In the Margins

Found this snippet on the blog Brain Pickings and immediately it capture my attention.

 Not surprising, the things they wrote weren’t so different than the ones you and I might post today on social media.

A few of my Marginalia favorites from Brain Pickings:

I’m very cold.

New parchment, bad ink; I say nothing more.

The parchment is hairy.

Now I’ve written the whole thing: for Christ’s sake give me a drink.

Of course, most marginalia are notes on the text, but who hasn’t scribbled a complaint or doodled a bit in the margin.  Sometimes it was intentional and meant to inspire, or maybe just titillate while in study as with the Rothschild Canticles, produced for a nun at the turn of the fourteenth century that the blog Got Medieval showed us.

Image from Got Medieval

Got Medieval cites one scholar on the marginals as saying of them that they bring a “powerful counterpart to the framed images” while failing to explain why they were included.

Below are a few examples of marginals from monks of the period, some simple sketches, some elaborately executed.

The notations got me thinking about other margin drawings, and quick Google search and who knew that there was a whole philosophy of understanding to their meaning complete with Philosophical ideas about them.  Doodles like this, it seems, have links to Freudian psychology characterizing it, in part as paralleled with syncope and intimate revolt.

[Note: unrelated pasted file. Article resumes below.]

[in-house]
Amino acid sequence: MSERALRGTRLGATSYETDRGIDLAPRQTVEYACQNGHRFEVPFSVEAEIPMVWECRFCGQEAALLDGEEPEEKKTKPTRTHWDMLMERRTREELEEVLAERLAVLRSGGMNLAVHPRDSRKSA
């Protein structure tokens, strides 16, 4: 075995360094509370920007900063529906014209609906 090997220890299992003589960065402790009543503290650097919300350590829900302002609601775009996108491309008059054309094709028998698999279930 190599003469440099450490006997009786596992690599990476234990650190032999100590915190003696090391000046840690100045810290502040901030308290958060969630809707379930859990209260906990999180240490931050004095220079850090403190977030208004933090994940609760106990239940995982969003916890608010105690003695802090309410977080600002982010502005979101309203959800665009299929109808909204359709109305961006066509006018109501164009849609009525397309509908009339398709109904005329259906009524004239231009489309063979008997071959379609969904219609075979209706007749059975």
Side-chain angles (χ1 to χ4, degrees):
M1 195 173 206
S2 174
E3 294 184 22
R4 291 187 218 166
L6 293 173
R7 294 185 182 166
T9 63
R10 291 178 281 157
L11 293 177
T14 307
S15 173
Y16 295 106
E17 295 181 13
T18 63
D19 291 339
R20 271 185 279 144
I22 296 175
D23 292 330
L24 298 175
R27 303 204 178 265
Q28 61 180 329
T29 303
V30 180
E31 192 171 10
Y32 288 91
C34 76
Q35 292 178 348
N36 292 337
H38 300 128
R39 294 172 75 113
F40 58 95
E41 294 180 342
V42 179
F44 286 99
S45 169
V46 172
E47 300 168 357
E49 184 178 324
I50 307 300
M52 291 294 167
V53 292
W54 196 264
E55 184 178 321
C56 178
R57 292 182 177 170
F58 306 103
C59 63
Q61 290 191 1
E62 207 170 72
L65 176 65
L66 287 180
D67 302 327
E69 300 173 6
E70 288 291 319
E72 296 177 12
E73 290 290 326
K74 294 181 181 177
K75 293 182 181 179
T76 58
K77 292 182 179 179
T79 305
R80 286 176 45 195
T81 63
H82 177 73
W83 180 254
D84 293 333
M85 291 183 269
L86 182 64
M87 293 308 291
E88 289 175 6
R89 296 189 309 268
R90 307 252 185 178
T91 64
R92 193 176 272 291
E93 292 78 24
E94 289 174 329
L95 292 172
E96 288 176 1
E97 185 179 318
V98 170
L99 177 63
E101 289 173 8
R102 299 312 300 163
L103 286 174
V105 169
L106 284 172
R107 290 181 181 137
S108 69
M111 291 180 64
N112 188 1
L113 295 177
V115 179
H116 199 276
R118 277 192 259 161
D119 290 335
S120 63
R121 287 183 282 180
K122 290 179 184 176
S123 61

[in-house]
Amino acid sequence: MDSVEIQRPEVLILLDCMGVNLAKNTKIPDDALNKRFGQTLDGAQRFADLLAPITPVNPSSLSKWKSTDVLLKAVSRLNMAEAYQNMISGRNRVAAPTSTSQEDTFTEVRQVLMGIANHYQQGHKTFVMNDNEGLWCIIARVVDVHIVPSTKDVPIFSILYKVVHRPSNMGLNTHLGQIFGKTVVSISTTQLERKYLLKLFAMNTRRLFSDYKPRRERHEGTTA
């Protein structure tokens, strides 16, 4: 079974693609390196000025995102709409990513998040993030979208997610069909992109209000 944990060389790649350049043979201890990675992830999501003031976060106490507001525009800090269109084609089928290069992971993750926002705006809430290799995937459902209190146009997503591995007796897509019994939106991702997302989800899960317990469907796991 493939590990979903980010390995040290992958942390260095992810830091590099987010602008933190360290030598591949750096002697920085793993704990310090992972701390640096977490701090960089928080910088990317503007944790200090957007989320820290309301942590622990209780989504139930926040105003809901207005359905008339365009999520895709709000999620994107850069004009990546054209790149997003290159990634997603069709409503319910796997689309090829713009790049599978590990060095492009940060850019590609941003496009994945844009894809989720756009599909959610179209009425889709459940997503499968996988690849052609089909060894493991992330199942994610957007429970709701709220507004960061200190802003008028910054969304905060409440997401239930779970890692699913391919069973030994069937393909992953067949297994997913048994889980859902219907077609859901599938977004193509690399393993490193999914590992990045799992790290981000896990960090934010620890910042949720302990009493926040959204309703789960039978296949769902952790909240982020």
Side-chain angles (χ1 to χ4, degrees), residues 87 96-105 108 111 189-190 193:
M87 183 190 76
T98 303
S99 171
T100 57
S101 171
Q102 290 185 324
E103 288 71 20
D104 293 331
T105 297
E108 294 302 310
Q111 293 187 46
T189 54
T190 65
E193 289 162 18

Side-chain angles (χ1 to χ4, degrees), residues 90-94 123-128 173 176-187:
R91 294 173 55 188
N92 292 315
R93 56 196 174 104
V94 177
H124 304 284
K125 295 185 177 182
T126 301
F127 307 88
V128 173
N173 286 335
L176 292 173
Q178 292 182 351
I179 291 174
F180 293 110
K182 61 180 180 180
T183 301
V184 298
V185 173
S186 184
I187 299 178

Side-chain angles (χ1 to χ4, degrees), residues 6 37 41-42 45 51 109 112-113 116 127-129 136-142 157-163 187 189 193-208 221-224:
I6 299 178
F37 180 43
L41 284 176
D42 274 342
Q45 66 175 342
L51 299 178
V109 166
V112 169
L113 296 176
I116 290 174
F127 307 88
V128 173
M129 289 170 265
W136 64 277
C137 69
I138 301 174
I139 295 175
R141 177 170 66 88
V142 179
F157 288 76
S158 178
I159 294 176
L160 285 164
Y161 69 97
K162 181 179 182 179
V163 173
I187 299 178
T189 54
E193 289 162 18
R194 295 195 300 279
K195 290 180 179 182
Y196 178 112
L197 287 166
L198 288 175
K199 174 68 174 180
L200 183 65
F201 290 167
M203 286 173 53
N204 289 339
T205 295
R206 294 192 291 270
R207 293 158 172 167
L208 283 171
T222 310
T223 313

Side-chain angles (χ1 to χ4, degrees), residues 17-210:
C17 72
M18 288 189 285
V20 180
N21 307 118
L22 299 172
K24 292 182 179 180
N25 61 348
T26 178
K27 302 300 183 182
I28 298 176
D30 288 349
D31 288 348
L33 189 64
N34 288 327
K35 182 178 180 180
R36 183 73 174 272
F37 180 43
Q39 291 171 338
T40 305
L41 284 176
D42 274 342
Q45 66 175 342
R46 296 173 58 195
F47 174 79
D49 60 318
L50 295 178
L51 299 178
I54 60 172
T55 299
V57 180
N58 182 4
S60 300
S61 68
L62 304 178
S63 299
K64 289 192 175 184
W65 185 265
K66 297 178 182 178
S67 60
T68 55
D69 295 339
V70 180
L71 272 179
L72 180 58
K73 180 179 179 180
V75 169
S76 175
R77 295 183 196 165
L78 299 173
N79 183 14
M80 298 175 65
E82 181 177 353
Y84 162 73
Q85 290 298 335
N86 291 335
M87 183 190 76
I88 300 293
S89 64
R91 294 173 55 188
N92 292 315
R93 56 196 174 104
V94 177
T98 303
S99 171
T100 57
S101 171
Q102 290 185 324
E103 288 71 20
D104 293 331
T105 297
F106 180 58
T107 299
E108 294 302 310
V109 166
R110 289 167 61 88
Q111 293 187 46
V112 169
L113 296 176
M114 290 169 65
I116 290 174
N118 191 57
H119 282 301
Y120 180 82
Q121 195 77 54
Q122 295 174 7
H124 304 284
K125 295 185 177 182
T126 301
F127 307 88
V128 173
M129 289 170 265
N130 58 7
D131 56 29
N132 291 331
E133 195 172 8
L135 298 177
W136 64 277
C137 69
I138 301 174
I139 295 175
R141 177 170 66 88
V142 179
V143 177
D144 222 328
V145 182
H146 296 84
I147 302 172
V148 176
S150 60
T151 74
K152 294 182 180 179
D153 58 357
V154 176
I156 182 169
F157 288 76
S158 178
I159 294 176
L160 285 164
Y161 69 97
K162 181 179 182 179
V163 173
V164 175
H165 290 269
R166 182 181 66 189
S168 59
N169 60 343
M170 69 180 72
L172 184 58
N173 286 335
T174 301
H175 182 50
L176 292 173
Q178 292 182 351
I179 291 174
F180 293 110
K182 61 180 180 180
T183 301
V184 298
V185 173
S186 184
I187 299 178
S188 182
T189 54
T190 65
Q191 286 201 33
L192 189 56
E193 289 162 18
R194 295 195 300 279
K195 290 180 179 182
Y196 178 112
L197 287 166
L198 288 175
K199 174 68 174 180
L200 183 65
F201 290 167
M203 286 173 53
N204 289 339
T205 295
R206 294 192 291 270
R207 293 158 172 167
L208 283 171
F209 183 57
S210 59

Looking back at some of my lesser doodles during school, I think I could be persuaded to probably agree.

My favorite modern day marginalia (now called marginals) comes in the form of the tiny illustrations of Sergio Aragonés in MAD Magazine.

Looking at a few of them makes me think of the monks scribble of lament “That’s a hard page and a weary work to read” the relief from which I always found when reading MAD by looking at Aragonés scribbles in the corners.

Looking at them again make me think of the monks lament on how much easier they make looking at the page.

What do you scribble as your marginals?  Are you a doodler or a scribbler in the margins?

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About Greg Stewart

An artist by nature and vocation, Greg pursued the sublime degrees of Freemasonry in 1994. A 3rd degree Master and a 32nd degree Scottish Rite Mason, Greg is the author of the ebook What is Freemasonry and the print book Masonic Traveler.

Read more about Greg Stewart.

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